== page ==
Definition of verbose in US English:



  • Using or expressed in more words than are needed.

    ‘much academic language is obscure and verbose’
    • ‘He was even less verbose than my next favorite president, Calvin Coolidge.’
    • ‘Ben, I know that you asked for suggestions as a comment but you must know me by now - wordy, verbose and horribly convoluted.’
    • ‘His text is full of redundant capital letters and is lavishly verbose.’
    • ‘I'm trying to teach him not to do that, but he comes from a long line of verbose geeks on his father's side, and it's an uphill battle.’
    • ‘I am sure that this email seems overwhelming, and verbose.’
    • ‘Matthew was quite verbose and decided to rant to us a little.’
    • ‘The next guy I asked was more verbose, but similarly focused.’
    • ‘She often wondered how could a man be so verbose.’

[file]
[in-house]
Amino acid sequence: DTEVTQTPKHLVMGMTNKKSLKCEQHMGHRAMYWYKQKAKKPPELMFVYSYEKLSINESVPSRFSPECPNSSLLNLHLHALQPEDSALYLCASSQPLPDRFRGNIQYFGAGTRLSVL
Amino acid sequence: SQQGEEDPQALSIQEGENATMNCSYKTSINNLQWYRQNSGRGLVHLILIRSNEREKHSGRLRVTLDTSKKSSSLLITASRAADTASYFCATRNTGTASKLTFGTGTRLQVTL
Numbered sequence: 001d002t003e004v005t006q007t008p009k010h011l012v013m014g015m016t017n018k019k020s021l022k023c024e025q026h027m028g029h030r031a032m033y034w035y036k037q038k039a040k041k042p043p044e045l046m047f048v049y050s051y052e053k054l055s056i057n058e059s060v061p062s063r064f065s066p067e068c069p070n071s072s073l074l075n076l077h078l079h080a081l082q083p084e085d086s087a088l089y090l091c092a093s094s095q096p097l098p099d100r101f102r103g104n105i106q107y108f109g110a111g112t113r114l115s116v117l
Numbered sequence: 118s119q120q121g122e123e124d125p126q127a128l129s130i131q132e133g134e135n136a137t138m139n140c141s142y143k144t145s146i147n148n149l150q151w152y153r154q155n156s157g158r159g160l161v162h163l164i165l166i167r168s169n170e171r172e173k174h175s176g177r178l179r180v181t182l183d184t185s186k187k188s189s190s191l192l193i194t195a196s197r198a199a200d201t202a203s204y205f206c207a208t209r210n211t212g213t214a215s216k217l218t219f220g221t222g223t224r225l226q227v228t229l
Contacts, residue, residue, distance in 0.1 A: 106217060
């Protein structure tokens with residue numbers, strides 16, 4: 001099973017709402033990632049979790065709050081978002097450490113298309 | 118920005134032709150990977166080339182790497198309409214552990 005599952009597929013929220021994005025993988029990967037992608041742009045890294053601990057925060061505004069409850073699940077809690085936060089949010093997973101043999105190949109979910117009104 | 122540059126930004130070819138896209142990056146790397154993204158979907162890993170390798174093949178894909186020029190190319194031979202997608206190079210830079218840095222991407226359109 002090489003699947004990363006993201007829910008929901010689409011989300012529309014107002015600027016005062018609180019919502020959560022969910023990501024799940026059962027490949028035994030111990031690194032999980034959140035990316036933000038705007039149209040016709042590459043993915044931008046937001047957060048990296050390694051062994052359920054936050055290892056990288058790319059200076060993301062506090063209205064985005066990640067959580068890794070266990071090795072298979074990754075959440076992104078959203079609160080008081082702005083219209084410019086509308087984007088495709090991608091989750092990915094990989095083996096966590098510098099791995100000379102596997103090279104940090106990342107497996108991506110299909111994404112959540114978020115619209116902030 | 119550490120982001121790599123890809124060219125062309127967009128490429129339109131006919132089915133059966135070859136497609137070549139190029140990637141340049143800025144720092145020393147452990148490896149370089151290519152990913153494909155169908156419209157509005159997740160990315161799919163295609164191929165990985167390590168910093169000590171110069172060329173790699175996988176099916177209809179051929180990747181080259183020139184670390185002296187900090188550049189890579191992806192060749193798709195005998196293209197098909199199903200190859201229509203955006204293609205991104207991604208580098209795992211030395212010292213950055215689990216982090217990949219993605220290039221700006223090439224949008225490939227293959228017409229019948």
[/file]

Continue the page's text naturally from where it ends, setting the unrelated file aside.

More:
• ‘In a joke worthy of the painfully verbose Professor Dorr, the film may have plenty of cellars, but it certainly has no Sellers.’
    • ‘I am verbose and boring and post far to much drivel.’
    • ‘He cares and worries intensely about movies, and he's eloquent, loquacious, even verbose on the subject.’
    • ‘And this is so not because of the depth of his arguments, but because of the repulsively repetitive and verbose style of the book.’
    • ‘I don't have to become verbose in using the party talking points as you do when I write this information to you.’
    • ‘He was much more genuine and soft spoken than any of us expected, nothing like the verbose figurehead I'd come to expect.’
    • ‘And that was my conversation with Habib, a verbose character.’
    • ‘This is no mean feat given Bovell's verbose characters.’
    • ‘Even on radio, their rhetorical style sounds windy, verbose, addicted to polysyllables for their own sake.’
    • ‘Yesterday I told myself that I needed to stop teasing Kevin Keith about his verbose comments.’
    • ‘He was a verbose, tobacco-chewing, rib jabber, and an honest and egotistical man.’
    • ‘An English speaker more verbose than profound, her husband waxes nostalgically about Bangladesh, to where he vows to return.’
    wordy, loquacious, garrulous, talkative, voluble, orotund, expansive, babbling, blathering, prattling, prating, jabbering, gushing, effusive
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Late 17th century: from Latin verbosus, from verbum ‘word’.